Independent voices from the TWT Communities
The Treasury Department loves redesigning our money. A new $20 bill began circulating a decade ago, the $10 was changed in 2006, and the $5 was modified in 2008. In October, Ben Franklin will grace a new $100 that includes features that are supposed to make the work of counterfeiters harder.
When you hear that Congress has taken up the "farm bill," what images come to mind? Farmers in overalls, driving beat-up tractors, trying to scratch out a living from the soil? A lot of politicians are counting on that.
Among the 140 participants at the Bilderberg Conference that begins Thursday in the spectacular Grove Hotel, some 20 miles northwest of London: American Enterprise Institute fellow Richard Perle, former CIA Director David H. Petraeus, former World Bank President James Wolfensohn, former Treasury secretaries Timothy F. Geithner and Robert Rubin, Washington Post CEO Donald Graham, Stratfor geopolitical analyst Robert Kaplan, former Secretary of State Henry Kissinger and The Economist Editor-in-Chief John Micklethwait.
President Obama wants to be involved in drafting the curriculum in our local schools. It's part of an initiative called "Common Core," the brainchild of state educational bureaucrats crying out for more centralization.
The National Security Agency, the electronic spy and code-breaking service whose name frequently is mentioned with the words "super-secret," recently declassified details of its history.
Anyone who reads a daily newspaper such as The Washington Times will regularly see references to public opinion polls. The polling data gathered from trends and insights has historically provided helpful guidance for consumers, academics and businesses.
A University of South California political science professor was captured on video calling former President George W. Bush lazy, stupid and incompetent — a mentally unstable man who wasted his youth on drugs and alcohol.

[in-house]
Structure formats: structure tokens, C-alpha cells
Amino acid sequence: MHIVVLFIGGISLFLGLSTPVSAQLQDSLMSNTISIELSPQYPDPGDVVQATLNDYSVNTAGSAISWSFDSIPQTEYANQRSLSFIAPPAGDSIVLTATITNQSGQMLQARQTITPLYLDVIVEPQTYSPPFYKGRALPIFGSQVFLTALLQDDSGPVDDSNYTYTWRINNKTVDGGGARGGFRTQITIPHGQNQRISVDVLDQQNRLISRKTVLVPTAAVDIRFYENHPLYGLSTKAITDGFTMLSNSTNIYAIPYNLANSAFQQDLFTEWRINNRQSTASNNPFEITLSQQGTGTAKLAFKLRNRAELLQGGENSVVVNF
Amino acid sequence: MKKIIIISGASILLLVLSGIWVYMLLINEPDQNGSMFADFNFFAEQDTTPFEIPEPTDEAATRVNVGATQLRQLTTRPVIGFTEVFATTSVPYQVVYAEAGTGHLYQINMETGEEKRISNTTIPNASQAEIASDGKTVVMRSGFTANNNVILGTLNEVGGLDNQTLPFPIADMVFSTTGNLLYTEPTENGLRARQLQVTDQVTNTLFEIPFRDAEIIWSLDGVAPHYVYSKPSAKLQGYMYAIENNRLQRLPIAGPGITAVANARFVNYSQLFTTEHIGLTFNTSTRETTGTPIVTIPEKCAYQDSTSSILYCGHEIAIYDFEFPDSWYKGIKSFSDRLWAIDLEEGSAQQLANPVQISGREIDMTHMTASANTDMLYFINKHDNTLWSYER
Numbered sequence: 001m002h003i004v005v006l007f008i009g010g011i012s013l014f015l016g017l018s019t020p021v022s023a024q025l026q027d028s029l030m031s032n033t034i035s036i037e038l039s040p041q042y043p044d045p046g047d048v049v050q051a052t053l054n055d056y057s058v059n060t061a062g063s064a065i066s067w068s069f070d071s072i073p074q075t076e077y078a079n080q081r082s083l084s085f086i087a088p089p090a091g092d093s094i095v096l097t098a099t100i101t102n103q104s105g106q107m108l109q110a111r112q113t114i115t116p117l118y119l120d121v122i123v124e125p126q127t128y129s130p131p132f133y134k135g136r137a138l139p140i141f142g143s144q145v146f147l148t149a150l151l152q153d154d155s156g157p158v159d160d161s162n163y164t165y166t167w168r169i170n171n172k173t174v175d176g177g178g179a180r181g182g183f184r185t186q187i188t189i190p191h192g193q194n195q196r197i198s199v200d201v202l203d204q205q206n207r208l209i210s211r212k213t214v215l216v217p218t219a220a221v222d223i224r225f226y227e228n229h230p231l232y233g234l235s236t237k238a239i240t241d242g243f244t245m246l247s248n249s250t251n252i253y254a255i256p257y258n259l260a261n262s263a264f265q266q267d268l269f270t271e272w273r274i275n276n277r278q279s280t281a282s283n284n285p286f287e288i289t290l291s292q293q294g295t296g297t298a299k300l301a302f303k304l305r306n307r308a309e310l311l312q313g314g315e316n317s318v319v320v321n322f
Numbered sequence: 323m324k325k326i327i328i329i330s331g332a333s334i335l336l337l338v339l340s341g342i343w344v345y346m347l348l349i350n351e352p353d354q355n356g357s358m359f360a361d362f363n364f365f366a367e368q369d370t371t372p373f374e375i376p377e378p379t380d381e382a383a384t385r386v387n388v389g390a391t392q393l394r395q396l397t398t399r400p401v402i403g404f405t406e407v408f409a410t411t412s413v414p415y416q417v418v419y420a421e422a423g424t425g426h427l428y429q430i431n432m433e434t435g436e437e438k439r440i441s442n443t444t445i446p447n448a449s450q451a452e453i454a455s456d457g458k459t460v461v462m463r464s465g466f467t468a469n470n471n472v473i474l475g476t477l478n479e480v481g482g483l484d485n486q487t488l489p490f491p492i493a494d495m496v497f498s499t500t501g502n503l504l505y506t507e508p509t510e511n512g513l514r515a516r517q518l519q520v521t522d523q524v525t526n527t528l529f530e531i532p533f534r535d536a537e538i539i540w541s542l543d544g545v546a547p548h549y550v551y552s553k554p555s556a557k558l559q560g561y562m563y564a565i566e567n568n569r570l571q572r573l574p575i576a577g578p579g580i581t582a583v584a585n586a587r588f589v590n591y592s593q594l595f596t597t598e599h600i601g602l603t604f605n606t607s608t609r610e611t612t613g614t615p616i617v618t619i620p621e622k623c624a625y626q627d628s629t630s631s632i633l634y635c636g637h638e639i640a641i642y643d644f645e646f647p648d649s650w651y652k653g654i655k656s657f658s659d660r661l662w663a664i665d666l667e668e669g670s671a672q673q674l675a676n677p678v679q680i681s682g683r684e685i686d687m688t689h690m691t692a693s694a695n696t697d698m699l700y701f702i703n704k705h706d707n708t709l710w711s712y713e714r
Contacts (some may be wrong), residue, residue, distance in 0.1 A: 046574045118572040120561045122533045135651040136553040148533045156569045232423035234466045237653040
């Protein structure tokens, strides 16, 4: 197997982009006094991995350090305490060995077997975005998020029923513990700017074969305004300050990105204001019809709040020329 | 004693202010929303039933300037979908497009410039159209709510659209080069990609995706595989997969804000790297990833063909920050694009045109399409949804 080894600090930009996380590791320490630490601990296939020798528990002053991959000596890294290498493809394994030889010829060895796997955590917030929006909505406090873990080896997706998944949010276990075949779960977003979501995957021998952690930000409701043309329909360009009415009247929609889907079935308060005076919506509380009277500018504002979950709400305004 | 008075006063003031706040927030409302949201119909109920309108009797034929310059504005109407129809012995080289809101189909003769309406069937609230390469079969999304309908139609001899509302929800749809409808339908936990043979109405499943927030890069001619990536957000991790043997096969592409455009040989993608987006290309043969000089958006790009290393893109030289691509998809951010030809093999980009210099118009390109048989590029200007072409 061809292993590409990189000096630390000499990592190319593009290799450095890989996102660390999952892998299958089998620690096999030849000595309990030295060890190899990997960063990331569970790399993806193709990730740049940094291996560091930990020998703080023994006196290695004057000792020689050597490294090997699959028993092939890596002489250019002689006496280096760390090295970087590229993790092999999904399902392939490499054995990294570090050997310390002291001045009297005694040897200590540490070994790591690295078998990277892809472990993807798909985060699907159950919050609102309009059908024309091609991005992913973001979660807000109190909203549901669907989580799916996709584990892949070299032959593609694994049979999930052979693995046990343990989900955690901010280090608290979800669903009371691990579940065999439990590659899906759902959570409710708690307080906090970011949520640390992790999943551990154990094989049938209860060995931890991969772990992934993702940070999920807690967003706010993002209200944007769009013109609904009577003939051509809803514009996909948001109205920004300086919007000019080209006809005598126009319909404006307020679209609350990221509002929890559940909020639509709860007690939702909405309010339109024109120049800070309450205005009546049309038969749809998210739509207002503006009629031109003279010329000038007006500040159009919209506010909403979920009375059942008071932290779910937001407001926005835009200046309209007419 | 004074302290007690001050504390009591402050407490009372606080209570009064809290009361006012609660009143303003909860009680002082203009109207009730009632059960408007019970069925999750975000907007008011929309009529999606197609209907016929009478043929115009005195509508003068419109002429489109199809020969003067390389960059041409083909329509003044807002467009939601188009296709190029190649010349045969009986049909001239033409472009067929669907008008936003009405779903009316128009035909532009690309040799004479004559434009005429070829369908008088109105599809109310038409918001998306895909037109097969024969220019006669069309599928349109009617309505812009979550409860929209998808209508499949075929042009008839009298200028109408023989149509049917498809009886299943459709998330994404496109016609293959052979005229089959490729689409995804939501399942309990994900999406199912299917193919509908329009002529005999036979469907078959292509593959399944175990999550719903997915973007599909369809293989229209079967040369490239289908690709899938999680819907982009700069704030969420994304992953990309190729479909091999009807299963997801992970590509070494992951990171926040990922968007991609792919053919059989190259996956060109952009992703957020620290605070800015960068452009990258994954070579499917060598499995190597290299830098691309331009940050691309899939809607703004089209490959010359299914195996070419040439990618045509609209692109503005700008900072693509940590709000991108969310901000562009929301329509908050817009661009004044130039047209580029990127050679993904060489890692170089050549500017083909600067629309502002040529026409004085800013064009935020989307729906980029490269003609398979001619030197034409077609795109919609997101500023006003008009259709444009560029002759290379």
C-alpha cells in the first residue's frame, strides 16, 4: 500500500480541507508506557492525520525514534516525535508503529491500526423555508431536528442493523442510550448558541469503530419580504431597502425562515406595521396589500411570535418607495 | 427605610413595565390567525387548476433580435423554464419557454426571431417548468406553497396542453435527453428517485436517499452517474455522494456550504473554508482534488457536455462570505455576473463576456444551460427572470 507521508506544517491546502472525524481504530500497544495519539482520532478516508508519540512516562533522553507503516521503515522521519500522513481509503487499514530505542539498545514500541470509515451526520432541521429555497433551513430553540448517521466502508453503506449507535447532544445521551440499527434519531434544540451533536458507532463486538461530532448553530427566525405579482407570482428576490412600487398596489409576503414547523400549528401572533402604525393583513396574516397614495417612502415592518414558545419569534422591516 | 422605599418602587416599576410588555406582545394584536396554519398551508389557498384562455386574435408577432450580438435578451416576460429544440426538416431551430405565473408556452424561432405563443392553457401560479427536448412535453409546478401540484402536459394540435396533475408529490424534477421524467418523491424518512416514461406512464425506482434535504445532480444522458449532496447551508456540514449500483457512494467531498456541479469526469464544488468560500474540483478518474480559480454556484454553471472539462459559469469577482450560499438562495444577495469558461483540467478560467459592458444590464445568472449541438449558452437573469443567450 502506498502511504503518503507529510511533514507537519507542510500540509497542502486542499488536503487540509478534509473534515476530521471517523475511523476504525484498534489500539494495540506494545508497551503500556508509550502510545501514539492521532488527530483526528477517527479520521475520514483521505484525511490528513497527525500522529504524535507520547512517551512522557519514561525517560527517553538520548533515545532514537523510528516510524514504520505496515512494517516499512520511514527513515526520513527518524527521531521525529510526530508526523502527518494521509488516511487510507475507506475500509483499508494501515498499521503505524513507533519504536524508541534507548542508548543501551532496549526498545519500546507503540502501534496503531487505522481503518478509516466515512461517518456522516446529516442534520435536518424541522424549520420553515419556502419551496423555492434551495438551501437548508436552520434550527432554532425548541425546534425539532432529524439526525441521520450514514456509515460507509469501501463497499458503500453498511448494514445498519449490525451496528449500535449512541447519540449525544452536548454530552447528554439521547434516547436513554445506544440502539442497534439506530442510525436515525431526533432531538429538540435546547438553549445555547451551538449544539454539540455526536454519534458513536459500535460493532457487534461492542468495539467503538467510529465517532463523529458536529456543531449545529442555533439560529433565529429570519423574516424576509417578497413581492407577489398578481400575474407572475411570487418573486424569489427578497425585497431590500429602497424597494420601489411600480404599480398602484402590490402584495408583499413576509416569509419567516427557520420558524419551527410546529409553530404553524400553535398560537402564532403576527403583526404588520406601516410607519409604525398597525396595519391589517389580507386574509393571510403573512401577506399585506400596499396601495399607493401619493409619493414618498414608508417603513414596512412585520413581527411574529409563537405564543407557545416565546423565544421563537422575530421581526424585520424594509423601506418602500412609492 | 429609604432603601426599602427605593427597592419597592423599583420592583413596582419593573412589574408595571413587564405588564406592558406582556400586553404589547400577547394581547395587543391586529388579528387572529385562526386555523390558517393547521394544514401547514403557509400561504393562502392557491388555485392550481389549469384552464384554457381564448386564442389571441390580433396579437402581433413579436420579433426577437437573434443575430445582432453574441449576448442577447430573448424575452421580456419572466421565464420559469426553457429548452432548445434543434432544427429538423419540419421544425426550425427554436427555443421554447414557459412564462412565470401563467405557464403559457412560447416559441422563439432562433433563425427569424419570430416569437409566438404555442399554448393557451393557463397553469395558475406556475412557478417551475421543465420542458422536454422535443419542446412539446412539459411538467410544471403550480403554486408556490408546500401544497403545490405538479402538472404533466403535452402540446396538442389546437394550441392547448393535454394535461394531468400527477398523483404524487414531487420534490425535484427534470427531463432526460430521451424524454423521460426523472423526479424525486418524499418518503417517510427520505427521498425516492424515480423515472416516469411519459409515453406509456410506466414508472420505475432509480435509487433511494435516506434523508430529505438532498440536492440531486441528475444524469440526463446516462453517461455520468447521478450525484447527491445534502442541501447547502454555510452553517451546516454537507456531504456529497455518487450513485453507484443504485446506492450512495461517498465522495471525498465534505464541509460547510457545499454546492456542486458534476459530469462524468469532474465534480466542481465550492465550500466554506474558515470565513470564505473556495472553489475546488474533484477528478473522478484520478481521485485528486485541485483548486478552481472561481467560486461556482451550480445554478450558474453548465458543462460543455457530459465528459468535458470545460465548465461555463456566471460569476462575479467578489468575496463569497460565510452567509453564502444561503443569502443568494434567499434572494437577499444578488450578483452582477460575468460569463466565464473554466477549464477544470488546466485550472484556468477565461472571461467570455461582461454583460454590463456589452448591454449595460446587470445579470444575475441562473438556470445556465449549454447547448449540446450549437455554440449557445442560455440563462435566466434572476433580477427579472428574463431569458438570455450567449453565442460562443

It has happened again. Our gaffe-prone president has filed another blunder on his presidential record. At the dedication of George W. Bush's presidential library, he invoked history with his usual mastery of detail. He placed President John F. Kennedy in Air Force One, "on the flight back from Russia, after negotiating with Nikita Khrushchev at the height of the Cold War."
I attended the dedication of the George W. Bush Presidential Library in Dallas last Thursday ("Emotional Bush at presidential library dedication: 'Our nation's best days lie ahead,'" Web, April 25). It was a profoundly moving event. The day was gloriously beautiful, the crowd of 10,000-plus was in a joyous mood, and the event itself was well-organized and went off without a hitch. I was happy to run into more than a few old friends and colleagues, including some I had not seen since Iraq in 2003 or 2004. Of course, the event was a "who's who" of former world leaders, state and local officials and mobs of former Bush administration officials, of which I proudly was one.
An emotional former President George W. Bush dedicated his presidential library and museum Thursday, calling it a tribute to his pursuit of freedom and to America's bright future.
Shortly after Barack Obama was elected in 2008, a fellow reporter who'd covered President George W. Bush all eight years told me she'd had enough of the travel and stress and strain of the White House beat, that she was moving on.
President Obama came into office promising to be the opposite of George W. Bush, but after nearly five years as commander in chief, his policies are more like his Republican predecessor than he would care to acknowledge.
George W. Bush's turbulent presidency, from the Florida vote recount to the Great Recession, from 9/11 to Iraq, will go on display for posterity Thursday with the dedication of the $250 million presidential library and museum.
Late-night comedian Bill Maher has an idea on how Hillary Rodham Clinton can win a presidential bid in 2016: She needs to be more like Jimmy Carter.
Here are just a few reasons how that is so: the President's Emergency Plan for AIDS Relief (PEPFAR), the African Growth and Opportunity Act, anti-malaria and education programs and, as Mr. Carter rightly pointed out, the peace treaty between southern and northern Sudan and the subsequent founding of the new nation of South Sudan in 2011.
he stressed that Israel setting the Palestinian murderers free is a necessary condition for peace, Israel Today reports.